WASHINGTON (CN) – Companies that convert gasoline engines to run on alternative fuels may be able to get their products approved faster, under streamlined regulations adopted by the Environmental Protection Agency.
The agency’s rules are to promote engine conversions to fuels such as bio-diesel, electricity and even bio-mass.
While the EPA still will require manufacturers to issue certificates of conformity – which guarantee that the conversion allows the engine to operate within emissions standards already set by the EPA – for new or relatively new engines, the agency will allow manufacturers to carry over data for related engine models and model years, instead of requiring testing for each individual model and year.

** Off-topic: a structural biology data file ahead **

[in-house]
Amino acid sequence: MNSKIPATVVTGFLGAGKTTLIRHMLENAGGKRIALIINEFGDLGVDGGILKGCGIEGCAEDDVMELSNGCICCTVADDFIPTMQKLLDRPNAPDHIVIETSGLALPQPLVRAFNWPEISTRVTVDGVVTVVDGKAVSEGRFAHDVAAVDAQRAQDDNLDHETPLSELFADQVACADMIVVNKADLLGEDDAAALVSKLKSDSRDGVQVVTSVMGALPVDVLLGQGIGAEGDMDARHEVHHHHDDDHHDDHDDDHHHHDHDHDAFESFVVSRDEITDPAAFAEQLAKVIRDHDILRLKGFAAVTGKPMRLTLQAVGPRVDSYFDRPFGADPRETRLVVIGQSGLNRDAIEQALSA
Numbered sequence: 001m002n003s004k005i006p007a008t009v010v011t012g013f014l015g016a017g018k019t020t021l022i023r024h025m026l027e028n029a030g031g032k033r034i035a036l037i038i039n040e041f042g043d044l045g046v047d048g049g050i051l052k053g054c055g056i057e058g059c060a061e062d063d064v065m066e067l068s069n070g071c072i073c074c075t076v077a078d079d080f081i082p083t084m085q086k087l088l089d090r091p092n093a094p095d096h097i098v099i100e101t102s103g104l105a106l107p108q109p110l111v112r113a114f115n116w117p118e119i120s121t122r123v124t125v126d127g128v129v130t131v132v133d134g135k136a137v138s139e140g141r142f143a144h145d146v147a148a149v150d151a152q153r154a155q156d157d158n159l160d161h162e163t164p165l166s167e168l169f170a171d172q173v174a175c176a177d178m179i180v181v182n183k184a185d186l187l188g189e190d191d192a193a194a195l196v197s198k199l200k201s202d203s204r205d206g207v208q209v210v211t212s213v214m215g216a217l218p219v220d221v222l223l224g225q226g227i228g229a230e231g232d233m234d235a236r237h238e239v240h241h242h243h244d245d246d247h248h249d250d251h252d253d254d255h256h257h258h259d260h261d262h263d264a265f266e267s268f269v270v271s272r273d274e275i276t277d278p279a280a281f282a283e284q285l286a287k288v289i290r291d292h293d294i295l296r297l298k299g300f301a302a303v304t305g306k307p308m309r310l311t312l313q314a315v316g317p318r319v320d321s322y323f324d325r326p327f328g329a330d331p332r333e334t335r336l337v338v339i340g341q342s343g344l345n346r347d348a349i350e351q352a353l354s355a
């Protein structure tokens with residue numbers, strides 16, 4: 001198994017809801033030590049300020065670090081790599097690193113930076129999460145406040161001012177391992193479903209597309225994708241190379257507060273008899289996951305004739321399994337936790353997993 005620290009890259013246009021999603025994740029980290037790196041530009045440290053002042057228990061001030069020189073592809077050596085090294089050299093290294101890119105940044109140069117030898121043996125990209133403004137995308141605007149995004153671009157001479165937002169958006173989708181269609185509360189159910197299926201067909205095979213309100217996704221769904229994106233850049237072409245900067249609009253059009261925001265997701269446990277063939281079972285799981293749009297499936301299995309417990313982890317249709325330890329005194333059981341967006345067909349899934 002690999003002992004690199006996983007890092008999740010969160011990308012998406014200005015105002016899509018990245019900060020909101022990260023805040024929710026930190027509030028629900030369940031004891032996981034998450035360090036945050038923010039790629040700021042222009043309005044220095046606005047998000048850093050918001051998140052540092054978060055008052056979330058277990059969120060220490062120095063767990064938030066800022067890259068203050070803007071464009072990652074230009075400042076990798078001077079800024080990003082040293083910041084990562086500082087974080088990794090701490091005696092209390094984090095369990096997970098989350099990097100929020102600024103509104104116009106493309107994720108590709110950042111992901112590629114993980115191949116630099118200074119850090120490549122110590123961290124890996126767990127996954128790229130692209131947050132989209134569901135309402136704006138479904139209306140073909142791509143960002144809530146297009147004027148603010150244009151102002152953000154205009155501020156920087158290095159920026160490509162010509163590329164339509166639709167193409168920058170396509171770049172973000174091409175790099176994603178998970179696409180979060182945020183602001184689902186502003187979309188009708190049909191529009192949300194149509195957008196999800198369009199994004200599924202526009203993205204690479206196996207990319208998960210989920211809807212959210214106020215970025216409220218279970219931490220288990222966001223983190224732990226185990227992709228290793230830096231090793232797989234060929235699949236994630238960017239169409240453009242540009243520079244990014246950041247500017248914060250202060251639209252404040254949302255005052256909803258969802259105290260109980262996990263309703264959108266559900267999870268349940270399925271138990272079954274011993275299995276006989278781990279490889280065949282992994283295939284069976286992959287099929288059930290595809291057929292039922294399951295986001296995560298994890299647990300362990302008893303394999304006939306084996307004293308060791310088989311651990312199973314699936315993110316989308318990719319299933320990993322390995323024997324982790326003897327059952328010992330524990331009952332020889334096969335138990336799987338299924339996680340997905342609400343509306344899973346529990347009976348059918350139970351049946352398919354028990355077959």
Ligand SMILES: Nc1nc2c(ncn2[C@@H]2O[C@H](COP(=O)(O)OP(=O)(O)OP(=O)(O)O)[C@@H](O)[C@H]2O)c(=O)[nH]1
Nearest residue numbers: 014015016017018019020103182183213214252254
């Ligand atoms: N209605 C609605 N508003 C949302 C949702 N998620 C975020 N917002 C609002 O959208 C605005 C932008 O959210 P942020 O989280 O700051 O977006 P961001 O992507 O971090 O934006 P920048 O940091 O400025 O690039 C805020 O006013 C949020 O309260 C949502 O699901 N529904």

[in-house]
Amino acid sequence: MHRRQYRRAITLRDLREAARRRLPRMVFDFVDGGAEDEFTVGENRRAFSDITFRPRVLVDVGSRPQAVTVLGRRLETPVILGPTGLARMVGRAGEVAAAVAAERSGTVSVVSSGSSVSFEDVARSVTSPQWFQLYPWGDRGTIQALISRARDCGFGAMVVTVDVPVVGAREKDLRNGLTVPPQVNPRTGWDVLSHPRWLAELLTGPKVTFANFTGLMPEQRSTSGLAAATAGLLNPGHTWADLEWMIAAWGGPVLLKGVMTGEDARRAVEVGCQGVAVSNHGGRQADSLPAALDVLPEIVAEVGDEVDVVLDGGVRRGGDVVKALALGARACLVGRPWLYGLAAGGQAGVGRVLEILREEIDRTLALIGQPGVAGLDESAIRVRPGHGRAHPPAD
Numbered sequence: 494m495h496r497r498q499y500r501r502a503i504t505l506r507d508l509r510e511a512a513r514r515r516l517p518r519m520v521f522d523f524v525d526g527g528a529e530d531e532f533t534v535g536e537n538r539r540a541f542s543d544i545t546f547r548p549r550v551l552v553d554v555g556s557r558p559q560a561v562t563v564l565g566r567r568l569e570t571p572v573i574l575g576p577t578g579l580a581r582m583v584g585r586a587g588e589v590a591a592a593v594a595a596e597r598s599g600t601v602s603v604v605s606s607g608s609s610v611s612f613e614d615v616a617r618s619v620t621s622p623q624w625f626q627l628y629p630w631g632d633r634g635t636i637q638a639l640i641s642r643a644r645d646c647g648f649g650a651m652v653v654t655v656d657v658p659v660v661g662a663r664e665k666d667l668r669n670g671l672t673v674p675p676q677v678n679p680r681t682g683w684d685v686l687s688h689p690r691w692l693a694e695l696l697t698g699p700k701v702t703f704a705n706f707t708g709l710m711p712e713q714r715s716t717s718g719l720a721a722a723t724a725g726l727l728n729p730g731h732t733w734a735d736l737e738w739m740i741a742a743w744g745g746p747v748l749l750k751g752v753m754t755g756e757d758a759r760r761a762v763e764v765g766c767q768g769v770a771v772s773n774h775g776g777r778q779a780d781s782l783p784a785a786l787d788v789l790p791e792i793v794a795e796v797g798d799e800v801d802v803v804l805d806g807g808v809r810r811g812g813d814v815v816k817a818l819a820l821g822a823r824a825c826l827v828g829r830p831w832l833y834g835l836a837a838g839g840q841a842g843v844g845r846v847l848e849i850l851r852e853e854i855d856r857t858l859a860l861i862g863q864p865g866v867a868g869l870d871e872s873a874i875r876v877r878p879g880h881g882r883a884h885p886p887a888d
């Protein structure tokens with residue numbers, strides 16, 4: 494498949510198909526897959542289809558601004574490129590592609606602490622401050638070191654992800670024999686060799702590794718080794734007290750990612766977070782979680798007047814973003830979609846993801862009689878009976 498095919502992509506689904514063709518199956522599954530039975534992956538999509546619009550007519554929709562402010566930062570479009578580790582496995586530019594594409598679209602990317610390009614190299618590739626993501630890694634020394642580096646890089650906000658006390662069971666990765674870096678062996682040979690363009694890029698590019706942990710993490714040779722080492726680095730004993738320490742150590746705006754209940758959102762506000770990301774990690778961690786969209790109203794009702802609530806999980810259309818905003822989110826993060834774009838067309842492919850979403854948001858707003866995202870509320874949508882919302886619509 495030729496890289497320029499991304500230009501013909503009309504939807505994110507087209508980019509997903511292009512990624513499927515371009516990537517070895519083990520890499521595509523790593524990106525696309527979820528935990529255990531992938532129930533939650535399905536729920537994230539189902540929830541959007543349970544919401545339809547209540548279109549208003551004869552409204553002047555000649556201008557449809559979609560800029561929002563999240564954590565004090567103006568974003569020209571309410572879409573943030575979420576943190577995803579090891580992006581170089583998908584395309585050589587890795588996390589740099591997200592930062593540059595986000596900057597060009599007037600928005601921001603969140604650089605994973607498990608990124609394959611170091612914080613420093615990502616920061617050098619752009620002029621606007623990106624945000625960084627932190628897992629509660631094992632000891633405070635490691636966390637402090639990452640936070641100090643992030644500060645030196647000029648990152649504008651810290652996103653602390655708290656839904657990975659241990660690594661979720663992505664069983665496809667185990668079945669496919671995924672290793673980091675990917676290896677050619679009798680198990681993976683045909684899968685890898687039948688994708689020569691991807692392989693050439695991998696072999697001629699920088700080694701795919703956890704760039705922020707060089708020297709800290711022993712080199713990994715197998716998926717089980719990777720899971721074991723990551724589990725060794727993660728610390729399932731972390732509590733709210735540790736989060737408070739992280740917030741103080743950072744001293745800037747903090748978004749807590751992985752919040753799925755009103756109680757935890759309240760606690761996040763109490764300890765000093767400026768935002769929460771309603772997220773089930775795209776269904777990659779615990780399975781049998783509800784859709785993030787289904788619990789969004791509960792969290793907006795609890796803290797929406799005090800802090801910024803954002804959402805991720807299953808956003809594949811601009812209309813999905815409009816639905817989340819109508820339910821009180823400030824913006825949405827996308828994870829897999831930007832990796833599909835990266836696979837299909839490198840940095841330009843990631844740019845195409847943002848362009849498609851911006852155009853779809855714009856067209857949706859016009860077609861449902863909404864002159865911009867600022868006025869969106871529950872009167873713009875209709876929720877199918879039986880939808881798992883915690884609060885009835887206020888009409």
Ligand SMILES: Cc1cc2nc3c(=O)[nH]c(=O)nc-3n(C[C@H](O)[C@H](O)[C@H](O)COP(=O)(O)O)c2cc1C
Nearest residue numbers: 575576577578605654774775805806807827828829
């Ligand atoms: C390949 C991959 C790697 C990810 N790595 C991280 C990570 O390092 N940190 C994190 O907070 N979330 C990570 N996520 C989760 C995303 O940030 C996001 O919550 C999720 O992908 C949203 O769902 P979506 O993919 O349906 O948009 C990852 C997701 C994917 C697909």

The EPA will group its own requirements by the age of or miles placed on an engine, with decreasing stringency as miles increase.
After 120,000 miles, which the agency considers the useful working life of most automobile engines, converters only will have to show that such gas to alternative fuel conversions are feasible and that their products will function with the vehicles existing emission controls and on-board diagnostic systems.
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